About this Research Topic
The glutamate receptor plays an important role in synaptic plasticity, learning, memory, and the pathogenesis and pathophysiology of numerous neuropsychiatric disorders such as schizophrenia, depression, post-traumatic stress disorder, addiction, autism, ADHD, autoimmune encephalitis, and neurodegenerative diseases such as Alzheimer's disease.
For example, both ionotropic (especially NMDA and AMPA) and metabotropic (mGLU) receptors were reported to be involved in schizophrenia. In details, taking NMDA receptors as an example, the receptors are widely distributed in most major organs (including heart, ovary, kidney, gastrointestinal system, lung and etc.) and tissue types (including ganglia cells, nerve fibers, blood vessels, enteroendocrine cells, liver, mast cells, inflammatory cells and etc.). The NMDA receptor has binding sites not only for glutamate or aspartate, but also a separate coagonist site for the endogenous ligands, D-serine, D-alanine, and glycine. Occupancy of the coagonist site can increase the frequency of opening of the channels activated by NMDA agonists, facilitating excitatory transmission in the brain. In fact, the binding of both glycine (or D-serine, D-alanine) and glutamate is required to open the NMDA receptor channel ionophore. Recently, D-aspartate was found to play an important role too.
Some of the NMDA receptors isolated from peripheral tissues have been cloned and sequenced. These sequences correspond with NMDA receptors that have been cloned in the CNS. Further physiological and pharmacological experiments support the hypothesis that NMDA receptors in the periphery have similar properties to those in the CNS or expressed in host cells transfected with cloned subunits. Physiological studies with agonists and antagonists of the NMDAR 1 receptor in the pig ileum have shown that these receptors are similar to those characterized in the CNS.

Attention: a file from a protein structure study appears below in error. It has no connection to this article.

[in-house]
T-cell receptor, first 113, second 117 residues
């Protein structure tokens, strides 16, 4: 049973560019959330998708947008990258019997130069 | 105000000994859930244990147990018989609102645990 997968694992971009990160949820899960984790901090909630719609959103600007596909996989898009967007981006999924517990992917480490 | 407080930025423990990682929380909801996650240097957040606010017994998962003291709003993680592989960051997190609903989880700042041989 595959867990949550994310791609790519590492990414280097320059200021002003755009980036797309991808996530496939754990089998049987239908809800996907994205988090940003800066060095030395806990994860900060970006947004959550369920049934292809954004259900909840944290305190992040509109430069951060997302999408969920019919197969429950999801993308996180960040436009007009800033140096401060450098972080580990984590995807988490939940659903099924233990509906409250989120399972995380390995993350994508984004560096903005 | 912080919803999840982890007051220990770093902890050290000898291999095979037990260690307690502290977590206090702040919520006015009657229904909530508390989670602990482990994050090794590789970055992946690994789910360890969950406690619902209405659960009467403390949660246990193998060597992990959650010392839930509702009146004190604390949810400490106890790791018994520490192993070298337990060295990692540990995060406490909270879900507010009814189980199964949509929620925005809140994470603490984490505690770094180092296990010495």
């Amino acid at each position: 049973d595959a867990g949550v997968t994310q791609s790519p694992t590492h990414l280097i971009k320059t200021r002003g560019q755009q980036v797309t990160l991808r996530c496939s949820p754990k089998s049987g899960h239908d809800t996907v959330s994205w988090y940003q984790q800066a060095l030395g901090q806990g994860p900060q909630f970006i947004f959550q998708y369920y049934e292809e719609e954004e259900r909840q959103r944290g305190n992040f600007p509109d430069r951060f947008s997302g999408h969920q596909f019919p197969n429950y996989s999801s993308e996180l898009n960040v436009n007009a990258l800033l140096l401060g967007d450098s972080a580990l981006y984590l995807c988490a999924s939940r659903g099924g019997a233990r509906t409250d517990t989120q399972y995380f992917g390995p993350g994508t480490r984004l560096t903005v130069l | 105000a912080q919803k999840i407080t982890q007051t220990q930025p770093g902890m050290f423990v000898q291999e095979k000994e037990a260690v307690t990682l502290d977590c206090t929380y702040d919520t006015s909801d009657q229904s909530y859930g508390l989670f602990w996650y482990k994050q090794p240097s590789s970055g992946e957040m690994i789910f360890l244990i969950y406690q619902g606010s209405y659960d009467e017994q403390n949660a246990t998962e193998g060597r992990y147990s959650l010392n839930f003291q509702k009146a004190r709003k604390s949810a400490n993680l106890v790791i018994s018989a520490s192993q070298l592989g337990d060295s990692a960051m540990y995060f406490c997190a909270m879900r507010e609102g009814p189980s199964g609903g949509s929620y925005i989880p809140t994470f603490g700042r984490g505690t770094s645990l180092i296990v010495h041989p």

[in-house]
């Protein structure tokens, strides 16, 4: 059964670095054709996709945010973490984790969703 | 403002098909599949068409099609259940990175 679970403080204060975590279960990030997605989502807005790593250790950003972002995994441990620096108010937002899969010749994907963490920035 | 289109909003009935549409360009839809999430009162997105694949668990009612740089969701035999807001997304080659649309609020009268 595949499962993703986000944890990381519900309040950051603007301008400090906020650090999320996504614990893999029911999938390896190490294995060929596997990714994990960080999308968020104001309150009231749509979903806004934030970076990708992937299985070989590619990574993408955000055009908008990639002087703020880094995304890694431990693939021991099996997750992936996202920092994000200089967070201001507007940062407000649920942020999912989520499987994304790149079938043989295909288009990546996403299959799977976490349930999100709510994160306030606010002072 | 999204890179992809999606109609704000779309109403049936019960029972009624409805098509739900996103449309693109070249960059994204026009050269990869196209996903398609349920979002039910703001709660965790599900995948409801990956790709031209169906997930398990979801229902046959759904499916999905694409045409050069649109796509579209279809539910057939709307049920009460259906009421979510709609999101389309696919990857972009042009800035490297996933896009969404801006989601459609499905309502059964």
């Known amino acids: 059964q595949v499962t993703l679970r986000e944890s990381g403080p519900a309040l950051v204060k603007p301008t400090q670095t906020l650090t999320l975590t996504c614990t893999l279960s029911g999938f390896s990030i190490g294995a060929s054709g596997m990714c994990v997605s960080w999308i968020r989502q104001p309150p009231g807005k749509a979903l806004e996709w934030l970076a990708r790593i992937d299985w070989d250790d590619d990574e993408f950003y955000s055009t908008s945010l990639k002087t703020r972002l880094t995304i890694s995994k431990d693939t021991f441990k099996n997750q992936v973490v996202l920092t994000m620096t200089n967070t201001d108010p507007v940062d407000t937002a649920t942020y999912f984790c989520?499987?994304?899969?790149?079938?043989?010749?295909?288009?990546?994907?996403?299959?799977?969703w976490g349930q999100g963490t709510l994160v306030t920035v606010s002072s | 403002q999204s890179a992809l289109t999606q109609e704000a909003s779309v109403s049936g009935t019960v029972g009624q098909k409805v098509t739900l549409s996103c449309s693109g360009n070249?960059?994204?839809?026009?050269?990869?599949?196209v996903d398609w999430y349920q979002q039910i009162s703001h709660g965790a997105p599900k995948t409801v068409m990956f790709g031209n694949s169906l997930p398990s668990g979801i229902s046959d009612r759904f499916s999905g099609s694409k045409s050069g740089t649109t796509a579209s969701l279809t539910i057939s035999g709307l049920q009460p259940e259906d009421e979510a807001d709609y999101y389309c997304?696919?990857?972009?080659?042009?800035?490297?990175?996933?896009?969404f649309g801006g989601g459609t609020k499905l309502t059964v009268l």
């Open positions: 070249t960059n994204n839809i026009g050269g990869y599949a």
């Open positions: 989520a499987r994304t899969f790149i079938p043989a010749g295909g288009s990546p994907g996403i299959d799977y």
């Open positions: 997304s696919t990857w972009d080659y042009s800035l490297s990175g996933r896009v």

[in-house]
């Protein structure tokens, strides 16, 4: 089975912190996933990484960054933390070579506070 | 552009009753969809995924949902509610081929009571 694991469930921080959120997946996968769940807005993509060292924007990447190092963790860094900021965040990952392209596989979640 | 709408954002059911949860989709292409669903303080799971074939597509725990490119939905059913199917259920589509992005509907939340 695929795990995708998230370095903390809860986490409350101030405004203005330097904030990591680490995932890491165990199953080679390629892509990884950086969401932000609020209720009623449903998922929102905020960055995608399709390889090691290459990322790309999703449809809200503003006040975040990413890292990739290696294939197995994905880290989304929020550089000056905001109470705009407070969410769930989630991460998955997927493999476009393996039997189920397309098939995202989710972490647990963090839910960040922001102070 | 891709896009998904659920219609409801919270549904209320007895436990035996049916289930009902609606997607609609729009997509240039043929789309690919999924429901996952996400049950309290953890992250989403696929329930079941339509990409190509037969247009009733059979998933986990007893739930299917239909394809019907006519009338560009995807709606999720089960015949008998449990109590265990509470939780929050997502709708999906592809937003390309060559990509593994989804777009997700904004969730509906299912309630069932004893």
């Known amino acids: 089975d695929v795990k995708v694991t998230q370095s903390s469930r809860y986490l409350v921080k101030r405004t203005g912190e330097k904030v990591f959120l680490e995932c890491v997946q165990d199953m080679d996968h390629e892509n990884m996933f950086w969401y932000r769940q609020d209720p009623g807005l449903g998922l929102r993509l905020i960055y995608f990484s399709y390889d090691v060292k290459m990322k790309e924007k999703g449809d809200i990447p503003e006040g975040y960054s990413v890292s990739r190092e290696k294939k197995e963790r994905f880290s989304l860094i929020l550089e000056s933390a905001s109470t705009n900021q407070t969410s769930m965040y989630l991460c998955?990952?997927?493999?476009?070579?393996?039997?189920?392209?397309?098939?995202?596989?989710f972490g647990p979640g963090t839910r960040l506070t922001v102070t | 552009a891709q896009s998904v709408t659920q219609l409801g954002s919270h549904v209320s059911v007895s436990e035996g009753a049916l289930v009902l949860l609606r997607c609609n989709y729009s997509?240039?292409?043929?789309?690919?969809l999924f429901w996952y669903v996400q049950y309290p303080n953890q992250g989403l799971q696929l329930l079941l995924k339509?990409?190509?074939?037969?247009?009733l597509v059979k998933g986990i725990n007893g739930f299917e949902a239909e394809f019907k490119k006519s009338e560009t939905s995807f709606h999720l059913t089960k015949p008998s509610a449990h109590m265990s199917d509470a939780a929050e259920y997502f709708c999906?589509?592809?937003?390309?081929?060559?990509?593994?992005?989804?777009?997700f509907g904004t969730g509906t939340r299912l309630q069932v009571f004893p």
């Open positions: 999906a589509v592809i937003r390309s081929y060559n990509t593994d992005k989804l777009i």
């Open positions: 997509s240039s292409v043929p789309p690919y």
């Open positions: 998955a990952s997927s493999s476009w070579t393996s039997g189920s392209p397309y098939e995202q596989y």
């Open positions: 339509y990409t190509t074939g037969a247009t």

Direct measurement of physiological changes and NMDA-related biomarkers in human brains is nearly impossible because of invasive testing procedures and ethical issues. Thus, developing accessible peripheral biomarkers becomes more important for mental illness. Peripheral gene expression may be a useful surrogate for gene expression in the CNS when the relevant gene is expressed in both. Lymphocytes or white cells have been suggested to be a neural probe because numerous studies showed similarities between receptor expression and mechanisms of transduction processes of cells in the nervous system (e.g. neurons and glia) and lymphocytes. Blood-derived RNA has also become a convenient alternative to traditional tissue biopsy-derived RNA. Therefore, peripheral gene expressions as well as other peripheral biomarkers might have potential to be surrogate CNS biomarkers for disorders, their outcomes, and treatment responses in the central nervous system.
To facilitate the development of glutamate-related biomarkers for neuropsychiatric disorders, the aim of this Research Topic is to gather a comprehensive body of review or original articles to update the current state of this increasingly important theme.
Keywords: Glutamate, Biomarker, Schizophrenia, Dementia, Depression
Important Note: All contributions to this Research Topic must be within the scope of the section and journal to which they are submitted, as defined in their mission statements. Frontiers reserves the right to guide an out-of-scope manuscript to a more suitable section or journal at any stage of peer review.